Wednesday, May 26, 2010

The PrinciPAL

Oh Spot! I know I've been away for far too long. I've been teaching! All right...well, sort of. Mostly, I've been trying to keep my eye on the blossoming boy-girl relationships that I'd like to pretend really don't exist at all. Can curricula and romance actually exist together in one brain?

Today's topic, Spot, is who's the boss? I know, in my classroom...I AM, mister, and don't you even think about challenging that! But I'm also responsible to my own boss, Spot. And believe me, I've had more than a few.

In real world? Teachers are often the kings and queens of their own domain. Sure we team, and talk, compare notes and data, etc. But...the bottom line is, I really am large and in charge, especially once the door is closed.

Last year, my dream principal retired. I was very sad about that. We danced into the wee hours at her party, spinning and twirling and everyone singing along. This year? Another dream principal friend of mine is retiring. Parents love her. She's a tough, full-spirited boss, who keeps her thumb on the pulse all the time. Some, love that. Others, especially those who felt the heat, did not appreciate that. I never really felt the heat. We did have a few 'testy' meetings behind closed doors in her office, though. (Yes, I did get called in for...well, a difference of opinion, now and then.)

I knew what she was up to. In our hearts, it was always about the kids. We battled over the true definition of the word 'instruction' and what really helps kids to learn. If she felt she was right (always!), she'd never let me off the hook at all. She was like that big hefty wrestler holding down the little guy on the mat. Sometimes, we'd actually agree to disagree.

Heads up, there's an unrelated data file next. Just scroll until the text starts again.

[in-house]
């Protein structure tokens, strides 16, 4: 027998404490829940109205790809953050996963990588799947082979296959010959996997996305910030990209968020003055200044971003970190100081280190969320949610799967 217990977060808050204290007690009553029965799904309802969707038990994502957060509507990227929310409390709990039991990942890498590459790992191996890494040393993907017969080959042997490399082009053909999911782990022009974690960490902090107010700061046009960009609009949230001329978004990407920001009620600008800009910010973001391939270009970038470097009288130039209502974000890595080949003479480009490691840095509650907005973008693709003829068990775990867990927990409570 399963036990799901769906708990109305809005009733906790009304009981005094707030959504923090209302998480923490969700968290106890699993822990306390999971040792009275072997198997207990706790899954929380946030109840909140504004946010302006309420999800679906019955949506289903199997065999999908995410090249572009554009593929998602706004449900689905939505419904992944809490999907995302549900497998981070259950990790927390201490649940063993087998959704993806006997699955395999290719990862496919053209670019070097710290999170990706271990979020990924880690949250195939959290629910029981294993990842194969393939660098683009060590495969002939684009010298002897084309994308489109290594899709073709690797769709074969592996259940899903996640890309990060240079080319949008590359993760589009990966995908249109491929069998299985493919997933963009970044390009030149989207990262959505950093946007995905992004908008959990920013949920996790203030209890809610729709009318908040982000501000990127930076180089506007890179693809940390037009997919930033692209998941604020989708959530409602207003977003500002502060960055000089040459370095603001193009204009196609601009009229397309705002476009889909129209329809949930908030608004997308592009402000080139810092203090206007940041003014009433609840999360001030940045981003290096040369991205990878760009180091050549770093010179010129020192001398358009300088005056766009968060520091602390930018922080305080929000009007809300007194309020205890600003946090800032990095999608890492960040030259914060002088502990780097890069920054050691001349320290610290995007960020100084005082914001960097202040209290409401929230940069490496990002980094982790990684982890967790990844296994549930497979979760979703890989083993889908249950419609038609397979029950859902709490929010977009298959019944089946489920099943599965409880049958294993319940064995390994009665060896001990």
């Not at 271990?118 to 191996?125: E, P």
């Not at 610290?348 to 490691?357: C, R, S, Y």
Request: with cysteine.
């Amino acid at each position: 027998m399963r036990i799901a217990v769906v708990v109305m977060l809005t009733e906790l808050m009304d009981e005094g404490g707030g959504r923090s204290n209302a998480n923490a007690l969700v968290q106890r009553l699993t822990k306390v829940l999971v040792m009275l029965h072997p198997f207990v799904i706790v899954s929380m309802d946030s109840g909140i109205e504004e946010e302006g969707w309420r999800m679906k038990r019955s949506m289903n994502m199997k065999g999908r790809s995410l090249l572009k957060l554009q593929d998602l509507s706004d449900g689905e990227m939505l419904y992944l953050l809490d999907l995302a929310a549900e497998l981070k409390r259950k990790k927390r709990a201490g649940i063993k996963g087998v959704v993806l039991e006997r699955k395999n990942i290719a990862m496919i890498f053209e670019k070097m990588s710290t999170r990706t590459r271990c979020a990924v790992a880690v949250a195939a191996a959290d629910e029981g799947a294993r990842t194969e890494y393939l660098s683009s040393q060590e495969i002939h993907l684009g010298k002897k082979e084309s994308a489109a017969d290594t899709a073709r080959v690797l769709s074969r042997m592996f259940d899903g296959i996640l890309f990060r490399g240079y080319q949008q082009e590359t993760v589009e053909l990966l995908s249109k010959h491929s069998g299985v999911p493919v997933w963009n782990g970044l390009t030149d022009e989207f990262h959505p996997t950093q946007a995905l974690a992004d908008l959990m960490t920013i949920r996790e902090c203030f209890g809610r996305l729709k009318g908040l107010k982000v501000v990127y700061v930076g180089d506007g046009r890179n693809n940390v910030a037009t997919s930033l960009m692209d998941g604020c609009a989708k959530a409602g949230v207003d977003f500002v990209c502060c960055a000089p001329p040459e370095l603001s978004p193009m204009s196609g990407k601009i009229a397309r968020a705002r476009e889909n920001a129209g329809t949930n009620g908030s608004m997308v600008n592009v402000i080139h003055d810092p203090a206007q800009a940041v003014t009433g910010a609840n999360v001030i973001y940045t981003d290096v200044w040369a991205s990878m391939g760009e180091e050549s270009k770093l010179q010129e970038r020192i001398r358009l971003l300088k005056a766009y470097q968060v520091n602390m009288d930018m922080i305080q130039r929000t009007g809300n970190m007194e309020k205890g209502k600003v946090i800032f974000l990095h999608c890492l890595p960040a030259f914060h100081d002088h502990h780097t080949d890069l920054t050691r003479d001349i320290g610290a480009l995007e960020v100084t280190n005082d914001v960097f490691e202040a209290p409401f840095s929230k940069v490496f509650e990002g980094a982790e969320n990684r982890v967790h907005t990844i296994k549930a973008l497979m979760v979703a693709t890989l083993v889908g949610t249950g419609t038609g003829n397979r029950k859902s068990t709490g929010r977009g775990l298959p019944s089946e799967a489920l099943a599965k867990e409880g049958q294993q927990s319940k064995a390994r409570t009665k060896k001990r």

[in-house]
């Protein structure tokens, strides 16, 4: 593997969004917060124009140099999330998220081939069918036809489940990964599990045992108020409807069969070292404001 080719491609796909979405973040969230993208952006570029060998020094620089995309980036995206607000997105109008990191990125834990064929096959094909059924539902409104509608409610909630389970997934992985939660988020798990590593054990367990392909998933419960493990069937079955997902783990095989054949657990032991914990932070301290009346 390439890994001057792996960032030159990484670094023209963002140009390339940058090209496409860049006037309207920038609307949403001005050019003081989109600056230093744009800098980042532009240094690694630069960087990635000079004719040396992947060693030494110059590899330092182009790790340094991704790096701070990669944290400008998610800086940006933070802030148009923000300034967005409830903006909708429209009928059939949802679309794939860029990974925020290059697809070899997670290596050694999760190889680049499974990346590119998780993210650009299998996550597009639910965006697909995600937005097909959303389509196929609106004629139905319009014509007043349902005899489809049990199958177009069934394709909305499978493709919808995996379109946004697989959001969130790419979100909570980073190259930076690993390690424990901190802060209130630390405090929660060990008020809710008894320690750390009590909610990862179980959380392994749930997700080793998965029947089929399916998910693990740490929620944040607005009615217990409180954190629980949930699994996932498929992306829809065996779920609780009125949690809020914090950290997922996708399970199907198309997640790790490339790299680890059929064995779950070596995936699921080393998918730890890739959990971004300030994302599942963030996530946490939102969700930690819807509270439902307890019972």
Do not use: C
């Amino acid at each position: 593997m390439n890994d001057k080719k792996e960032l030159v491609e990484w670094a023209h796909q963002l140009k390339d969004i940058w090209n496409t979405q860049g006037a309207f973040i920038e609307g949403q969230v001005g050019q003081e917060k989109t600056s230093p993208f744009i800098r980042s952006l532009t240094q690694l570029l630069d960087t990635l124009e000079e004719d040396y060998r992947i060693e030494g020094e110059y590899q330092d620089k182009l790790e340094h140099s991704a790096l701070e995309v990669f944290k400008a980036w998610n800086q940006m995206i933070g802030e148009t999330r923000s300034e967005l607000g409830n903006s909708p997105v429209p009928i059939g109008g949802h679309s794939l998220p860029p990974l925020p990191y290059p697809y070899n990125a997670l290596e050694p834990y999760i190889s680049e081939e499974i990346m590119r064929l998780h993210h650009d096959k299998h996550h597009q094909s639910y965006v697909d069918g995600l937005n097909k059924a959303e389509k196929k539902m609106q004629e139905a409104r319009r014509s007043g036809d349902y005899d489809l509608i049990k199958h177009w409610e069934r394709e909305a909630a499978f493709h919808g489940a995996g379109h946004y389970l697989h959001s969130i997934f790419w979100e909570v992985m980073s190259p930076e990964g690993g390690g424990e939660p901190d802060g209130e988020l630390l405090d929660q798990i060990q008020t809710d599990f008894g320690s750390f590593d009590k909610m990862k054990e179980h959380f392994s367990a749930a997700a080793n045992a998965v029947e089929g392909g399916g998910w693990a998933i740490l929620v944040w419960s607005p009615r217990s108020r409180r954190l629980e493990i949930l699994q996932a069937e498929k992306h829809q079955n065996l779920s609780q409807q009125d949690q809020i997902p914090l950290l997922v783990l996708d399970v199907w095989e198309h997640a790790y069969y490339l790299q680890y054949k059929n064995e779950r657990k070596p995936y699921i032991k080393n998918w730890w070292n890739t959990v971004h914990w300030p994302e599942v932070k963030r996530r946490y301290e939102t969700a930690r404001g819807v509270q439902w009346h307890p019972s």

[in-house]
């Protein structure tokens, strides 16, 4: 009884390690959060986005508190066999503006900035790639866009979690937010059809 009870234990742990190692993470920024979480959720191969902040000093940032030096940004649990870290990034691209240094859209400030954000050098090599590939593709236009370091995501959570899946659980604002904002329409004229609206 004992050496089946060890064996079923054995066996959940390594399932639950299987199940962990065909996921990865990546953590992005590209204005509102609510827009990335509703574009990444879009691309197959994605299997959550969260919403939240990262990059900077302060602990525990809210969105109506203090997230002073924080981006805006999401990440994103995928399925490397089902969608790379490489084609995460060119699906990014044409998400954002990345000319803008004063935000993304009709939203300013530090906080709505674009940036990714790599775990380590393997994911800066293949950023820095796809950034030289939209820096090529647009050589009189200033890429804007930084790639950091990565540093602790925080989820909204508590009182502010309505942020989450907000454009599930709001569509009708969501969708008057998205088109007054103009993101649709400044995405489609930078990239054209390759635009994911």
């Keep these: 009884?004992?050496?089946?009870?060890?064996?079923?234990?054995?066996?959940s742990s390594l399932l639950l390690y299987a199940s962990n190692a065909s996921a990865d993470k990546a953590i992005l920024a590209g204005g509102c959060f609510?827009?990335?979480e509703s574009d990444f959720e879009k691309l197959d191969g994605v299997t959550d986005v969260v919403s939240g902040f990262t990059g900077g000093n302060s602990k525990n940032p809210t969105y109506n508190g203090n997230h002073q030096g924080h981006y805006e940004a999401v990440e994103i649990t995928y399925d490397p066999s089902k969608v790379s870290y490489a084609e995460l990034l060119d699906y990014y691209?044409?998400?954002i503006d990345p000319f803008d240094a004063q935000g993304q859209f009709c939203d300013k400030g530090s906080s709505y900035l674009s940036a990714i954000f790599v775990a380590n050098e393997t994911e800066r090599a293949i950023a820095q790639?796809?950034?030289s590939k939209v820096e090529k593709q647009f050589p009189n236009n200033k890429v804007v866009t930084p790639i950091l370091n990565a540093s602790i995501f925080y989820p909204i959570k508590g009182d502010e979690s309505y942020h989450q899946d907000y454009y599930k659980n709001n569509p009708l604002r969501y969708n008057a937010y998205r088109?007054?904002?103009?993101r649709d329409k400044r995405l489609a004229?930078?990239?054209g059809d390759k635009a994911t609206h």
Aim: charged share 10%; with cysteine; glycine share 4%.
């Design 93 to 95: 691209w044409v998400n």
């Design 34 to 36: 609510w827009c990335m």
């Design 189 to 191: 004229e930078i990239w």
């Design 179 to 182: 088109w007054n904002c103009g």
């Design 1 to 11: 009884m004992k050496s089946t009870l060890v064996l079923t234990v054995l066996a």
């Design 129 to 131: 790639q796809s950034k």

I know I was a bit of a pain, Spot. As you know, I've always had more than a few opinons when it comes to teaching and kids. She always heard me out, though. And that, for sure, meant a lot.
I left my old principal and that sweet little school long ago. I found myself with a new bunch of older, more able student writers, and that is really what drew me away. But now? Time and distance has given me a greater vantage point. I realize how important that thumb on the pulse really was. Kids need to learn. We need to know that the goals we set are reasonable and well-managed. And I have to say, I learned that all with her.

So now that she's not my boss, she'll always be a well-respected friend. Teaching, like life, is a very human business. We spend our tenure working hard, thinking and breathing around kids, we can even agree to disagree, but in the end, it's the memories, the kids, and the valiant make little puppies like you into true citizens of this wonderful's our legacy. And the legacy unites us all.